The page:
2. Spectrophotometric Determination: Wipe underside of wells with a lint-free tissue. Read absorbance at 450 nm within 30 min after adding STOP solution.

posted June 2005

revised November 2013

protocol id: 21

Product Description

The PathScan® Phospho-TrkB (panTyr) Sandwich ELISA Kit is a solid phase sandwich enzyme-linked immunosorbent assay (ELISA) that detects transfected levels of TrkB when phosphorylated on tyrosine residues. A TrkB mouse antibody has been coated onto the microwells. After incubation with cell lysates, TrkB (phospho and nonphospho) is captured by the coated antibody. Following extensive washing, a biotinylated phospho-tyrosine detection antibody is added to detect tyrosine phosphorylation of the captured TrkB protein. HRP-linked streptavidin is then used to recognize the bound detection antibody. HRP substrate, TMB, is added to develop color. The magnitude of the absorbance for this developed color is proportional to the quantity of TrkB phosphorylated on tyrosines.

Antibodies in kit are custom formulations specific to kit.


Specificity / Sensitivity

CST's PathScan® Phospho-TrkB (panTyr) Sandwich ELISA Kit #7108 detects transfected levels of phospho-TrkB protein when tyrosines are phosphorylated(see Figure 1). The kit sensitivity is shown in figure 2. This kit detects proteins from the indicated species, as determined through in-house testing, but may also detect homologous proteins from other species.


Species Reactivity: Human

The family of Trk receptor tyrosine kinases consists of TrkA, TrkB, and TrkC. While the sequence of these family members is highly conserved, they are activated by different neurotrophins: TrkA by NGF, TrkB by BDNF or NT4, and TrkC by NT3 (1). Neurotrophin signaling through these receptors regulates a number of physiological processes, such as cell survival, proliferation, neural development, and axon and dendrite growth and patterning (1). In the adult nervous system, the Trk receptors regulate synaptic strength and plasticity. TrkA regulates proliferation and is important for development and maturation of the nervous system (2). Phosphorylation at Tyr490 is required for Shc association and activation of the Ras-MAP kinase cascade (3,4). Residues Tyr674/675 lie within the catalytic domain, and phosphorylation at these sites reflects TrkA kinase activity (3-6). Point mutations, deletions, and chromosomal rearrangements (chimeras) cause ligand-independent receptor dimerization and activation of TrkA (7-10). TrkA is activated in many malignancies including breast, ovarian, prostate, and thyroid carcinomas (8-13). Research studies suggest that expression of TrkA in neuroblastomas may be a good prognostic marker as TrkA signals growth arrest and differentiation of cells originating from the neural crest (10).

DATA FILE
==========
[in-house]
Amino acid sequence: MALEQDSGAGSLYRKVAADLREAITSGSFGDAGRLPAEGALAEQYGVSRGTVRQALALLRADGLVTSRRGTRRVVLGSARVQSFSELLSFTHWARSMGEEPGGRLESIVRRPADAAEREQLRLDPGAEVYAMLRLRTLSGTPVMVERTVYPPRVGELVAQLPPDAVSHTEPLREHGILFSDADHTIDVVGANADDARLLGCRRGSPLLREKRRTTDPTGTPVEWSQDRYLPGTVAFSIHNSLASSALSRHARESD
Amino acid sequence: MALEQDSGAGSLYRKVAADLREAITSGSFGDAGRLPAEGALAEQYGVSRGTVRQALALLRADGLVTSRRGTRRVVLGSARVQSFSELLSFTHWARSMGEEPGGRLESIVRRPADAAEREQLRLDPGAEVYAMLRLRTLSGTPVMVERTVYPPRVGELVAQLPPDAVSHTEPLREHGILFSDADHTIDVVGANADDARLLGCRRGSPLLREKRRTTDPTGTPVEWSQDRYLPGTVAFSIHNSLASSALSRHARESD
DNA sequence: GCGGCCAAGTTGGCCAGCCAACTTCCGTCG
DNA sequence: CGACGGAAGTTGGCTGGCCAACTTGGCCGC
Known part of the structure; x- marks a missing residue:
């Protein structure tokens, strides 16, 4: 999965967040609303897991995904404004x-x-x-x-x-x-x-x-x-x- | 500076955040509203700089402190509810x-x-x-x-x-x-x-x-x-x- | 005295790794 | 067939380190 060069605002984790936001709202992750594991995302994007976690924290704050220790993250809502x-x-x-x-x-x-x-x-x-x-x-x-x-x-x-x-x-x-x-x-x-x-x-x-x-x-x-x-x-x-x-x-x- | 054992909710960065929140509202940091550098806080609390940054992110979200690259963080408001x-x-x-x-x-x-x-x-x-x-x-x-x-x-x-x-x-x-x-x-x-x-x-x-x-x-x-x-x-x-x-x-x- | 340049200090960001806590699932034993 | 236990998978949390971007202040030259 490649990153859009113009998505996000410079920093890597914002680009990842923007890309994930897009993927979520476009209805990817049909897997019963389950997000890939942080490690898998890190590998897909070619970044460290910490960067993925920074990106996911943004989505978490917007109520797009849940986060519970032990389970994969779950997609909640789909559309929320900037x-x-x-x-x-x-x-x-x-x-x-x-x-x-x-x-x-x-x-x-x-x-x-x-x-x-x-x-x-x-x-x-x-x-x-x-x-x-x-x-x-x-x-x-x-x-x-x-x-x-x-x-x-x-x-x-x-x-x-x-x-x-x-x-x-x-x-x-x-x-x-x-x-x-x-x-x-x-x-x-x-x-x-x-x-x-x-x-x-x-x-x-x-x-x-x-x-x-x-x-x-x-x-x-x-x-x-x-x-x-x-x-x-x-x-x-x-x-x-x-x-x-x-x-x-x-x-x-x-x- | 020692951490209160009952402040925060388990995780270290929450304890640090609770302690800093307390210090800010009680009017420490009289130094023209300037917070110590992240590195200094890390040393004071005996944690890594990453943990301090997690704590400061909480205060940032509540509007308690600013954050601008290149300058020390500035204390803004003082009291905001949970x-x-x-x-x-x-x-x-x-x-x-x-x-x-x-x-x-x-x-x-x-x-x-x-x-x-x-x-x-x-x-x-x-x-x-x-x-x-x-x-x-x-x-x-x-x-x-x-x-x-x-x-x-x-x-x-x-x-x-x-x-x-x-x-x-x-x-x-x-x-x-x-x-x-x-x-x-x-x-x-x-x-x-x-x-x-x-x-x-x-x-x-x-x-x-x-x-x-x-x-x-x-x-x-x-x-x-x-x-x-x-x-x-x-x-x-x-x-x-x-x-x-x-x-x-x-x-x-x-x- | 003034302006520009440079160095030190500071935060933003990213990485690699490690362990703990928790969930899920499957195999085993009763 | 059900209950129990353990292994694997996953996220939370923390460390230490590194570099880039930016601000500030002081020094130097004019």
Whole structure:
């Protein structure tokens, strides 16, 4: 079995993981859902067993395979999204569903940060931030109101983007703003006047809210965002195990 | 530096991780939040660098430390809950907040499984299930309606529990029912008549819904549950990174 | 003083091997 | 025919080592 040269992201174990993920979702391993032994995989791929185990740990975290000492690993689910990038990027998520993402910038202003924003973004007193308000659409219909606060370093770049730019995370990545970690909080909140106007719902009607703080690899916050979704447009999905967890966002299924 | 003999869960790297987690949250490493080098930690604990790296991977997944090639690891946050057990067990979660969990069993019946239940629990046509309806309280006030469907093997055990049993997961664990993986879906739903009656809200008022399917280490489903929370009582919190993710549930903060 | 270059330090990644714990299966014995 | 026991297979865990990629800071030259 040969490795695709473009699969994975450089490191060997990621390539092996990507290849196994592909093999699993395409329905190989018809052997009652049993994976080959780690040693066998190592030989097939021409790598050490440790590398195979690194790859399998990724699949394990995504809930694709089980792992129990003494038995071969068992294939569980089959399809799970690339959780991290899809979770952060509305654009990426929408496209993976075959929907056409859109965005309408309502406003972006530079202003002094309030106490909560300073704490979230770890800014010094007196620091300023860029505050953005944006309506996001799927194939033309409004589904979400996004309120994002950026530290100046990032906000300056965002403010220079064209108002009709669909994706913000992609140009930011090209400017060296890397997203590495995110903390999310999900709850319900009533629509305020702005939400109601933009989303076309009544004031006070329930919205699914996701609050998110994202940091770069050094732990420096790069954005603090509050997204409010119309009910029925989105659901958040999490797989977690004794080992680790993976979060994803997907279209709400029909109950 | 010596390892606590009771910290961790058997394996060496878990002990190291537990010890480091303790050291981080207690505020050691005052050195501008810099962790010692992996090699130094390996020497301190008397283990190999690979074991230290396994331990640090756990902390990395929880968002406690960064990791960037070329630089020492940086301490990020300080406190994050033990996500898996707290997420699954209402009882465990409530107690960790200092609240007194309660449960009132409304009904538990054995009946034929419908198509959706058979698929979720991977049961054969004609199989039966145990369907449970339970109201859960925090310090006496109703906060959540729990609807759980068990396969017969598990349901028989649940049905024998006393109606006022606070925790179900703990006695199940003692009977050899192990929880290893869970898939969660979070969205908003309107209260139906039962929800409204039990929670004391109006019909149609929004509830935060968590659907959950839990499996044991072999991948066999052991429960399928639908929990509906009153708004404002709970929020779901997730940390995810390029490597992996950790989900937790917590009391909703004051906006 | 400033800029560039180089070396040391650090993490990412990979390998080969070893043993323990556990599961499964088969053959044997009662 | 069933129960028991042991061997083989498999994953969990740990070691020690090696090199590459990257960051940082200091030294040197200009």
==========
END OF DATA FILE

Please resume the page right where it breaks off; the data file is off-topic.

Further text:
The phosphorylation sites are conserved between TrkA and TrkB: Tyr490 of TrkA corresponds to Tyr512 in TrkB, and Tyr674/675 of TrkA to Tyr706/707 in TrkB of the human sequence (14). TrkB is overexpressed in tumors, such as neuroblastoma, prostate adenocarcinoma, and pancreatic ductal adenocarcinoma (15). Research studies have shown that in neuroblastomas, overexpression of TrkB correlates with an unfavorable disease outcome when autocrine loops signaling tumor survival are potentiated by additional overexpression of brain-derived neurotrophic factor (BDNF) (16-18). An alternatively spliced truncated TrkB isoform lacking the kinase domain is overexpressed in Wilms’ tumors and this isoform may act as a dominant-negative regulator of TrkB signaling (17).


1.  Huang, E.J. and Reichardt, L.F. (2003) Annu Rev Biochem 72, 609-42.

2.  Segal, R.A. and Greenberg, M.E. (1996) Annu Rev Neurosci 19, 463-89.

3.  Stephens, R.M. et al. (1994) Neuron 12, 691-705.

4.  Marsh, H.N. et al. (2003) J Cell Biol 163, 999-1010.

5.  Reuther, G. W. et al. (2000) Mol. Cell. Biol. 20, 8655-8666.

6.  Obermeier, A. et al. (1993) EMBO J 12, 933-41.

7.  Obermeier, A. et al. (1994) EMBO J 13, 1585-90.

8.  Arevalo, J.C. et al. (2001) Oncogene 20, 1229-34.

9.  Greco, A. et al. (1997) Genes Chromosomes Cancer 19, 112-23.

10.  Pierotti, M.A. and Greco, A. (2006) Cancer Lett 232, 90-8.

11.  Lagadec, C. et al. (2009) Oncogene 28, 1960-70.

12.  Greco, A. et al. (2010) Mol Cell Endocrinol 321, 44-9.

13.  Ødegaard, E. et al. (2007) Hum Pathol 38, 140-6.

14.  Huang, E.J. and Reichardt, L.F. (2003) Annu Rev Biochem 72, 609-42.

15.  Geiger, T.R. and Peeper, D.S. (2005) Cancer Res 65, 7033-6.

16.  Han, L. et al. (2007) Med Hypotheses 68, 407-9.

17.  Aoyama, M. et al. (2001) Cancer Lett 164, 51-60.

18.  Desmet, C.J. and Peeper, D.S. (2006) Cell Mol Life Sci 63, 755-9.


Entrez-Gene Id 4915
Swiss-Prot Acc. Q16620


For Research Use Only. Not For Use In Diagnostic Procedures.
Cell Signaling Technology® is a trademark of Cell Signaling Technology, Inc.
PathScan® is a trademark of Cell Signaling Technology, Inc.